Reading Assignments

General Notes

  • The tentative list of topics and reading assignments is set forth below. Any changes, additions, or subtractions will be made at least one week in advance of each class. Please note that I have assigned only excerpts from some of the materials—you are not obligated to read (or print) the non-assigned portions of those materials. Moreover, you are not required to read the footnotes of law review articles.
  • “SLEMROD & BAKIJA” refers to the book, JOEL SLEMROD & JON BAKIJA, TAXING OURSELVES (MIT Press, 5th ed. 2017); and “MCMAHON” refers to the book, STEPHANIE HUNTER MCMAHON, PRINCIPLES OF TAX POLICY (West Academic Concise Hornbooks Series 2018)
  • The links to HeinOnline might require you to be using a campus network computer.
  • For those articles posted on SSRN, when prompted to create an SSRN account you may do so, but you can also download the articles without registering (notice the subtle “Download without registration” link underneath the founder’s welcome message on the registration page).

Week 1 (January 16) – Introduction to the Federal Tax System

Much of this introductory reading from the two books is a general summary (and some of the details, particularly in the Slemrod & Bakija book, have been changed by the 2017 tax act), so feel free to skim it and focus on any aspects that you consider interesting.  The brief Wolters Kluwer report merely summarizes the principal aspects of the December 2017 tax law (the most recent significant change to the Federal income tax).  We will read about, and discuss, the 2017 tax law in several class sessions during the semester.


Week 2 (January 23) – Evaluating Tax Policy: Fairness


Week 3 (January 30) – Evaluating Tax Policy: Efficiency & Taxpayer Behavior

    • MCMAHON, ch. 4 (review pp. 101-105); ch. 6 (focus on pp. 166-172; you can skim the earlier pages, but no need to get bogged down in the economic details unless that stuff interests you); ch. 17
    • SLEMROD & BAKIJA, ch. 4 (no need to get bogged down in the details of fiscal and monetary policy in the first part of the chapter; the more relevant part for our purposes starts on p. 168, and even thereafter there is no need to get bogged down in the details of the economic studies discussed)
    • Bruce Bartlett, I Helped Create the GOP Tax Myth, WASH. POST (Sept. 28, 2017)

Week 4 (February 6) – Evaluating Tax Policy: Simplicity/Administrability

    • MCMAHON, ch. 4 (review pp. 105-109); ch. 2 (pp. 63-65)
    • SLEMROD & BAKIJA, ch. 5

– Shaming and Alternative Sanctions


Week 5 (February 13) – Proposals to Modify the Income Tax

  • MCMAHON, ch. 7 (much of this is material you may already be familiar with)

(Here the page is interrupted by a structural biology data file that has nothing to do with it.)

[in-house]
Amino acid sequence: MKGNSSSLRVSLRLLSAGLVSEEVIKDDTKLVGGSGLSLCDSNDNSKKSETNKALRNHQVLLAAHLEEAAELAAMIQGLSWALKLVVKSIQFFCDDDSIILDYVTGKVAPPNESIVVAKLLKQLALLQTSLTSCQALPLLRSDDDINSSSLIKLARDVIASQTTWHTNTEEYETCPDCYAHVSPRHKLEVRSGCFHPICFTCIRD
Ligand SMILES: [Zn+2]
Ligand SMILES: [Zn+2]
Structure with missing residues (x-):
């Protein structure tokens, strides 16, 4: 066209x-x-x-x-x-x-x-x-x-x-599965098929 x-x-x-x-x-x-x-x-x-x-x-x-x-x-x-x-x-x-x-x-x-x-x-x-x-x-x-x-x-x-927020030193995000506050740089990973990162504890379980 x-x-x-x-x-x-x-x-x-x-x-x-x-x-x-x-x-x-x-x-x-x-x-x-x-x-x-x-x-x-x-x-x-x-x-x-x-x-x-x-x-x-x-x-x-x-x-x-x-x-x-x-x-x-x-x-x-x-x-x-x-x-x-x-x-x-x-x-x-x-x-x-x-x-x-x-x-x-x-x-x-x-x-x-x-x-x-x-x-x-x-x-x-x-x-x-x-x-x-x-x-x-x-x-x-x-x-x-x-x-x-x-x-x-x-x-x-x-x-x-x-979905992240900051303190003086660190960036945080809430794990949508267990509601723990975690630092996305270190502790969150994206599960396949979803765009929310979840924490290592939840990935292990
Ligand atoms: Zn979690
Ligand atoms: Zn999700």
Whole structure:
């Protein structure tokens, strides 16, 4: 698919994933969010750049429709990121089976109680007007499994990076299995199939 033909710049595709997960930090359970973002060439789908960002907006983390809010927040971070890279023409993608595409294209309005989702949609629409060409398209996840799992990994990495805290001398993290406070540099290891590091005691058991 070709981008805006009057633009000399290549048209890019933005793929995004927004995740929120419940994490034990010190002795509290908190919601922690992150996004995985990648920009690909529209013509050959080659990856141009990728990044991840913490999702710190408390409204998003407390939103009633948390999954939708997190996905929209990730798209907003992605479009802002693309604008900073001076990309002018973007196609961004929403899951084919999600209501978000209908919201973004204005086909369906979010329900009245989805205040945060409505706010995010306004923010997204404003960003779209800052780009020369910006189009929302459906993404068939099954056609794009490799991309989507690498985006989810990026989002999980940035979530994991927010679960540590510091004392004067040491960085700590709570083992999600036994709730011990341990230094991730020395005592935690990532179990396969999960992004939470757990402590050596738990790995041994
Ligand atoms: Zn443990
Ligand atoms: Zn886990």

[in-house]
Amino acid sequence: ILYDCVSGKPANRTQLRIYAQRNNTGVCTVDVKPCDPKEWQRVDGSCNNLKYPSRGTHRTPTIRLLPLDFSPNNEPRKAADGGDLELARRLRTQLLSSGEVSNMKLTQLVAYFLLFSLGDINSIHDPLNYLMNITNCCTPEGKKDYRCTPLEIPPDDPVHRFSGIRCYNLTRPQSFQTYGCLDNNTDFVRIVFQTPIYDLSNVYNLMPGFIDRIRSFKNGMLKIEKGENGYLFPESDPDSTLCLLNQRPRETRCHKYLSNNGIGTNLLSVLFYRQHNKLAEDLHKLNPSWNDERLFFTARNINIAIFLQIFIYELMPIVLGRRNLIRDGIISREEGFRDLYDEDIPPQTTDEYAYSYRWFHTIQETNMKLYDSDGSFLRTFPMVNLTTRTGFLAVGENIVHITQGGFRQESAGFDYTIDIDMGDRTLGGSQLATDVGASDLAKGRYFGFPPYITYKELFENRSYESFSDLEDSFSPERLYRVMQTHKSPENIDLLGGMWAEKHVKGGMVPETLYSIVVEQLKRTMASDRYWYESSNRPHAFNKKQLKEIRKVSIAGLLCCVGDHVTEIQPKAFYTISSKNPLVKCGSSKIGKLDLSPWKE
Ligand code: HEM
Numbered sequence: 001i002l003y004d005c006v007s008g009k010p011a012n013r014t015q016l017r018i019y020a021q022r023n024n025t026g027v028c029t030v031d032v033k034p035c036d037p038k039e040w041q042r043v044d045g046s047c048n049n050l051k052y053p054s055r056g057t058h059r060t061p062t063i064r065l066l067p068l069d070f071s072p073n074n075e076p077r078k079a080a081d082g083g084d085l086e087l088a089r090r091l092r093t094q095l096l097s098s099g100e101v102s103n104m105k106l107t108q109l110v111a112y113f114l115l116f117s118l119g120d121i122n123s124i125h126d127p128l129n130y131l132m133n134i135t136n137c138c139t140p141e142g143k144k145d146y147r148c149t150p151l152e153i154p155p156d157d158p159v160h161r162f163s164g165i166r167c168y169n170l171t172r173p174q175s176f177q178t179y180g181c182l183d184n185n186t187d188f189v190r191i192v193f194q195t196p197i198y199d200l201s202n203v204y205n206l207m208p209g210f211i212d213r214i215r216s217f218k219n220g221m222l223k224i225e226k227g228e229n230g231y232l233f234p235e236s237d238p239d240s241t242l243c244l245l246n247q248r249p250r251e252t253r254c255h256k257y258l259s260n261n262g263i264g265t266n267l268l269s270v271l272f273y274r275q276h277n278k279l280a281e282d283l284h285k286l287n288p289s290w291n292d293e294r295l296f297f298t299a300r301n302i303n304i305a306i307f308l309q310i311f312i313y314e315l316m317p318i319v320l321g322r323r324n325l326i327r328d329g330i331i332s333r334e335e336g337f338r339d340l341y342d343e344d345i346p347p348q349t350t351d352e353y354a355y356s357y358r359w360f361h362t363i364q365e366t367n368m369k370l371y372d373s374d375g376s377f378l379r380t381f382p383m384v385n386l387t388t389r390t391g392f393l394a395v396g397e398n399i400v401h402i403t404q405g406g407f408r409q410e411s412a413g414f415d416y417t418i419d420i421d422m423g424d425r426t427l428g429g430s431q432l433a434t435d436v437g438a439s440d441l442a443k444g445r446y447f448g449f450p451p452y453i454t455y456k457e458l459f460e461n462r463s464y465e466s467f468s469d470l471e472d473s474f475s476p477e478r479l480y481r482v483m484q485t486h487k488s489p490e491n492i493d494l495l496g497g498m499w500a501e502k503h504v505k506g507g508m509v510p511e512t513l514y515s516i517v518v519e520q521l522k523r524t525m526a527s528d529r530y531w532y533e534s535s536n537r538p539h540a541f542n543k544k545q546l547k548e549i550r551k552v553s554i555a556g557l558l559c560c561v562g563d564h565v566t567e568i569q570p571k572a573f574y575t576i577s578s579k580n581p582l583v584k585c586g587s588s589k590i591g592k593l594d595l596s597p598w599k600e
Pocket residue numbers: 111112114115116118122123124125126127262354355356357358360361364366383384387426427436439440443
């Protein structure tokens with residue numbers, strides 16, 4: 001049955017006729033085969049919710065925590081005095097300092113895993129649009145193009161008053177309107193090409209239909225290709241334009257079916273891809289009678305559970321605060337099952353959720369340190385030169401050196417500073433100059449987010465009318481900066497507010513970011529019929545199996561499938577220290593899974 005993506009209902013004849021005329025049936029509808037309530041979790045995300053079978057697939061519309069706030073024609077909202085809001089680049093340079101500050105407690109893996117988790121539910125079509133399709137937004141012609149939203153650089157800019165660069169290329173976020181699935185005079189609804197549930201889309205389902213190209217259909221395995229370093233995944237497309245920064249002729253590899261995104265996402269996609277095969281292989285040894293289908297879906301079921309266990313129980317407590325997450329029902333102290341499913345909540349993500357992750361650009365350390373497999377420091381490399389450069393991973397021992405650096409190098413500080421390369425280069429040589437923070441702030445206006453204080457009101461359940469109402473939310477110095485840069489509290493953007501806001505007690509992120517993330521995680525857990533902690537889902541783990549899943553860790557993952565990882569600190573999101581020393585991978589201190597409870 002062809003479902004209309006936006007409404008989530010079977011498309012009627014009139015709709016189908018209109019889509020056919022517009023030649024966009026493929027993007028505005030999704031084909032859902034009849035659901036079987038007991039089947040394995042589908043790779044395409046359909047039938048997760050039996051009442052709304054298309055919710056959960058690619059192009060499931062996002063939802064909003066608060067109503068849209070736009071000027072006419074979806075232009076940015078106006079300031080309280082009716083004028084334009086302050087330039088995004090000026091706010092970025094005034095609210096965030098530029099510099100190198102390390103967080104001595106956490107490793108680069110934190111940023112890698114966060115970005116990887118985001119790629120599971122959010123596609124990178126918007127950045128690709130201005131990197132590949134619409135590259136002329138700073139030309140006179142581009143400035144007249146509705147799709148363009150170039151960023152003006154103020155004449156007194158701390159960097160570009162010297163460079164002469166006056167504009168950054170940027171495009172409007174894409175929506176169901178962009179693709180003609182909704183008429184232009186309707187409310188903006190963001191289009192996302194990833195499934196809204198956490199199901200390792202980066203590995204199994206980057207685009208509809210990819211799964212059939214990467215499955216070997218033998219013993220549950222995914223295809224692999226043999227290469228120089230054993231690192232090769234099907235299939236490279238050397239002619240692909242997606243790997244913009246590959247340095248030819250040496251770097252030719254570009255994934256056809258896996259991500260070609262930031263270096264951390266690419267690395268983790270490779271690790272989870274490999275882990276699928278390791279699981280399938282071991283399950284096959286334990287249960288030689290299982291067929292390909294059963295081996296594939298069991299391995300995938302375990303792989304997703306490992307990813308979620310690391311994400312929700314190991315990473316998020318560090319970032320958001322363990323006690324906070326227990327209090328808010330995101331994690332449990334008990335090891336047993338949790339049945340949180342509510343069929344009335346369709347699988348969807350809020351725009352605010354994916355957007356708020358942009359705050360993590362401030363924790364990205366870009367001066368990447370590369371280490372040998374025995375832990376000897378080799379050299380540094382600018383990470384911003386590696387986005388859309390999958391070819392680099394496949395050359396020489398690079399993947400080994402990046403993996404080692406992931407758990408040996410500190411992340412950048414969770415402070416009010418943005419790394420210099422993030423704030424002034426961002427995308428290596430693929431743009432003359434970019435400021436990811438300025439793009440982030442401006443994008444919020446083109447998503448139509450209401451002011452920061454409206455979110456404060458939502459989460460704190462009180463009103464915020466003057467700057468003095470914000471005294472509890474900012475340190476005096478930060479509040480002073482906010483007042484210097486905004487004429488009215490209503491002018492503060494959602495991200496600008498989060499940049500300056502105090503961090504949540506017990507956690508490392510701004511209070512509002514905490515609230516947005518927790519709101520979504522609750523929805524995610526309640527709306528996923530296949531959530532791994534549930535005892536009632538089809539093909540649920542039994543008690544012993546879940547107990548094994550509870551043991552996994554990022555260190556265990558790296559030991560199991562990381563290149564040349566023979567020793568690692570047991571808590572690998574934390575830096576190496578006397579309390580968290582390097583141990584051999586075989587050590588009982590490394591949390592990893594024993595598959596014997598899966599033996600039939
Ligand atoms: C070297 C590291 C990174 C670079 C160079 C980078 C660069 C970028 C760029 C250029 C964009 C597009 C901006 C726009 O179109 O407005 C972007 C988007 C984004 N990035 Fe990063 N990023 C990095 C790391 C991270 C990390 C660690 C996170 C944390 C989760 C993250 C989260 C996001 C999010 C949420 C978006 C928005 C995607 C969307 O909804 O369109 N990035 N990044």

• SLEMROD & BAKIJA, pp. 289-294, 315-348; ch. 8 (skip pp. 405-408 regarding Graetz Plan and Dual Income Tax)
  • To the extent the Democratic candidates have focused on fundamental tax policy issues, it has largely been in the context of proposals for new types of taxes (e.g., the wealth tax, which we will discuss in a few weeks).  Their proposals regarding the income tax have largely focused on adjusting aspects of the current income tax system (e.g., increasing ordinary rates on higher income taxpayers; increasing rates for capital gains, etc).  Here is a recent summary of the Democratic candidates’ proposals (focus on the income-tax related provisions).  Consider these proposals in comparison to the 2017 tax law changes (I am not aware of any significant new income tax proposals from the Trump campaign).

Week 6 (February 20) – VAT and Other Consumption Taxes

  • MCMAHON, ch. 8
  • SLEMROD & BAKIJA, pp. 295-315, 405-408, ch. 7
  • Rubin & Marriner, The Candidates’ Tax Plans, Wall St. Journal.  Because consumption taxes have not been a significant part of the 2020 presidential election, this link briefly notes that some candidates in 2016 advocated the enactment of consumption tax variations (focus on the “Republicans Who Want Something Huge and New” section).

Week 7 (February 27) – Wealth Tax Proposals

Note: Several of the short articles are on the Tax Notes subscription website (I previously emailed directions for accessing it via the Law School’s subscription).  For the Tax Notes articles, I recommend viewing them in their original PDF print format (available via the “View as PDF” link near the top of each page, under the article’s headline)

General Overview & Issues

Practical Issues

Constitutional Issues

 


Week 8 (March 5) – The Online and Digital Economy

-Online Sales & Use Tax Collection

-International Developments

  • Arthur J. Cockfield, Tax Wars: The Battle Over Taxing Global Digital Commerce, 161 Tax Notes 1331 (Dec. 10, 2018)
  • James Alm, Joyce Beebe, Michael S. Kirsch, Omri Marian & Jay Soled, New Technologies and the Evolution of Tax Compliance, forthcoming __ Virginia Tax Review __ (2020) (I will email you a brief excerpt from this forthcoming article)

 


Week 9 (March 19) – Class Suspended Due to Coronavirus – Makeup TBD


Week 10 (March 26) – Excise Taxes


Week 11 (April 2) – Student Presentations

 


Week 12 (April 9) – Student Presentations

 


Week 13 (April 16) – Student Presentations

 


Week 14 (April 23) – Taxes and COVID-19

Note: Several of the short articles are on the Tax Notes subscription website (I previously emailed directions for accessing it via the Law School’s subscription).  For the Tax Notes articles, I recommend viewing them in their original PDF print format (available via the “View as PDF” link near the top of each page, under the article’s headline)

Federal Legislative and Regulatory Response

Selected State Tax Issues

Windfall Profits Tax Proposals